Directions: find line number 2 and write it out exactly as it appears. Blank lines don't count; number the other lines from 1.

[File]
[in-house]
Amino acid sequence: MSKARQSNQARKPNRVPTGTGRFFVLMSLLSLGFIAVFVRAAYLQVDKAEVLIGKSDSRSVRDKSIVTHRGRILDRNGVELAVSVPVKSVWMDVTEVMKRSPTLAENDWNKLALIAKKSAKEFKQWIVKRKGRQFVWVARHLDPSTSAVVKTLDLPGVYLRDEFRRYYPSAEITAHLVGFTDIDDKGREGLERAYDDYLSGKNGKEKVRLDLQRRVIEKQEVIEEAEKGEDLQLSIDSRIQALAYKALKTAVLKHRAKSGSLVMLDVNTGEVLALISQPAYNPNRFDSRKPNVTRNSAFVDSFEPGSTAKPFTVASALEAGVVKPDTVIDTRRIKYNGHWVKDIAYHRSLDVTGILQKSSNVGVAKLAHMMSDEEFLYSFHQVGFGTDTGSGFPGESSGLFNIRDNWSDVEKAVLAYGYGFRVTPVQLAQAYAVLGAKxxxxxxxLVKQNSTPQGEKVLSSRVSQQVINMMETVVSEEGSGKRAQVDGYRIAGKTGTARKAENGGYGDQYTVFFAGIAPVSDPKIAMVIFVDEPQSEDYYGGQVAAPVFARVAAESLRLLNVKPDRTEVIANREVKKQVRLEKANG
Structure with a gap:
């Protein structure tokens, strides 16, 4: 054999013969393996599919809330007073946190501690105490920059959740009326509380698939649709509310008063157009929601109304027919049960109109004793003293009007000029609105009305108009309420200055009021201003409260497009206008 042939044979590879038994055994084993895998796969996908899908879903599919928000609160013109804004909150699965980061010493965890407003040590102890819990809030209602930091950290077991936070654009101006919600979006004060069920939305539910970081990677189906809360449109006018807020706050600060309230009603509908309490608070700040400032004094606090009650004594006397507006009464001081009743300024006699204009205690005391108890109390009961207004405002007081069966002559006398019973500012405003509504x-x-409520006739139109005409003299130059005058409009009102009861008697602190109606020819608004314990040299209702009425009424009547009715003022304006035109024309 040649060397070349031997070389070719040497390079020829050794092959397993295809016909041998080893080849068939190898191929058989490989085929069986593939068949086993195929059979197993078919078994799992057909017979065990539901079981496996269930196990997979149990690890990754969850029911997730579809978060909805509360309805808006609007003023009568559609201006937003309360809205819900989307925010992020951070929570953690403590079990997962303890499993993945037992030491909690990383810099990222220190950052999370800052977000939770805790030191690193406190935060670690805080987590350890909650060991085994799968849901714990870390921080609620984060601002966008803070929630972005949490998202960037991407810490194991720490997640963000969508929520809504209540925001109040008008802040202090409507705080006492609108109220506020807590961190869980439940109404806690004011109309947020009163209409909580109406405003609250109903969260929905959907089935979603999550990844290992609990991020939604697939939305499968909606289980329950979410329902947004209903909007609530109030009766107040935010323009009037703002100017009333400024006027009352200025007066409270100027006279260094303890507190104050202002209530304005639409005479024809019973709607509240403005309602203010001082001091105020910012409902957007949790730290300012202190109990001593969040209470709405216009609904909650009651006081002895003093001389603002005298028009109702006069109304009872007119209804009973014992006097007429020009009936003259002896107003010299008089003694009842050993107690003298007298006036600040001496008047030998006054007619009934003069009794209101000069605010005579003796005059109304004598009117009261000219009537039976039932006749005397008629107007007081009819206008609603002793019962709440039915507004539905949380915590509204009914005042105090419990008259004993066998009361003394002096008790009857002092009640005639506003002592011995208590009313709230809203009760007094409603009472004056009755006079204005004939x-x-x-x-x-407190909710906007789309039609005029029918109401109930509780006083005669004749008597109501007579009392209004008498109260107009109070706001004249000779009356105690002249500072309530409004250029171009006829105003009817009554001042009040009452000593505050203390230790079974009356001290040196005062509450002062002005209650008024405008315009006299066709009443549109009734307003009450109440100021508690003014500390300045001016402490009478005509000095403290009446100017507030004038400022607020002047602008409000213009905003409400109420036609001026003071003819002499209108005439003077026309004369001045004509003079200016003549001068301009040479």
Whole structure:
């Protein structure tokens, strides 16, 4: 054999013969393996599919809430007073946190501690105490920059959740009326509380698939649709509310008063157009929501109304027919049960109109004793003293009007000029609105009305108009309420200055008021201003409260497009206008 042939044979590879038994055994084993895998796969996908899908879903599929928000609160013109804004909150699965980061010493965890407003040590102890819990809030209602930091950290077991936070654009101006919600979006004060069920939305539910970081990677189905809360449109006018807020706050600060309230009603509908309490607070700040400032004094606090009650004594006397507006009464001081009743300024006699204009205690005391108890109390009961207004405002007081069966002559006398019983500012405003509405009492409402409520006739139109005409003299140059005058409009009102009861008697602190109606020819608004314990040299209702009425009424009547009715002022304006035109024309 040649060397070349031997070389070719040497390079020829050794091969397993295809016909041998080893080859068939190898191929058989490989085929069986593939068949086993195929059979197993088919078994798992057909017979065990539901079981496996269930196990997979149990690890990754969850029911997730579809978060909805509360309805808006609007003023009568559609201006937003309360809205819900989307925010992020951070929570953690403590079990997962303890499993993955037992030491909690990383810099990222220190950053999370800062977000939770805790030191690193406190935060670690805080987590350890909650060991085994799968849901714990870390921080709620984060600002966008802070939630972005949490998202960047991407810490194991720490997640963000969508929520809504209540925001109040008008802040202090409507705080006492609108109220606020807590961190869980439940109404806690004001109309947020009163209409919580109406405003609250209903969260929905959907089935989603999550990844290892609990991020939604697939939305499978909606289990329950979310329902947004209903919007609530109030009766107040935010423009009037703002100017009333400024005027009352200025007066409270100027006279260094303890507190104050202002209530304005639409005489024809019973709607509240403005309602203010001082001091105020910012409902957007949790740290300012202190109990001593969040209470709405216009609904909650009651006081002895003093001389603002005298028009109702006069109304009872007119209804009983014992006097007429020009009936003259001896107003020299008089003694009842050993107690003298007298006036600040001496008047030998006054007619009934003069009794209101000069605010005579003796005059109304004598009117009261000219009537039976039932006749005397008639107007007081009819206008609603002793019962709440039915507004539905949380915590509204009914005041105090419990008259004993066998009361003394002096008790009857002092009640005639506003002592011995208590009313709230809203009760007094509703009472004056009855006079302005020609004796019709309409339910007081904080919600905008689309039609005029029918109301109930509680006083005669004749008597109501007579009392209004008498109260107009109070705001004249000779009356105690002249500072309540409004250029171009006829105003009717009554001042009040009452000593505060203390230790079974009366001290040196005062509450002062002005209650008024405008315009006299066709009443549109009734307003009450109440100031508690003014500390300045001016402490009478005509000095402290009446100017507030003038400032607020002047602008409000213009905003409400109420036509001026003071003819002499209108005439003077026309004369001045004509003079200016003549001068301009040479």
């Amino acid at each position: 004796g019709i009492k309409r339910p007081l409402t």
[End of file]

Amino acid sequence: MSKARQSNQARKPNRVPTGTGRFFVLMSLLSLGFIAVFVRAAYLQVDKAEVLIGKSDSRSVRDKSIVTHRGRILDRNGVELAVSVPVKSVWMDVTEVMKRSPTLAENDWNKLALIAKKSAKEFKQWIVKRKGRQFVWVARHLDPSTSAVVKTLDLPGVYLRDEFRRYYPSAEITAHLVGFTDIDDKGREGLERAYDDYLSGKNGKEKVRLDLQRRVIEKQEVIEEAEKGEDLQLSIDSRIQALAYKALKTAVLKHRAKSGSLVMLDVNTGEVLALISQPAYNPNRFDSRKPNVTRNSAFVDSFEPGSTAKPFTVASALEAGVVKPDTVIDTRRIKYNGHWVKDIAYHRSLDVTGILQKSSNVGVAKLAHMMSDEEFLYSFHQVGFGTDTGSGFPGESSGLFNIRDNWSDVEKAVLAYGYGFRVTPVQLAQAYAVLGAKxxxxxxxLVKQNSTPQGEKVLSSRVSQQVINMMETVVSEEGSGKRAQVDGYRIAGKTGTARKAENGGYGDQYTVFFAGIAPVSDPKIAMVIFVDEPQSEDYYGGQVAAPVFARVAAESLRLLNVKPDRTEVIANREVKKQVRLEKANG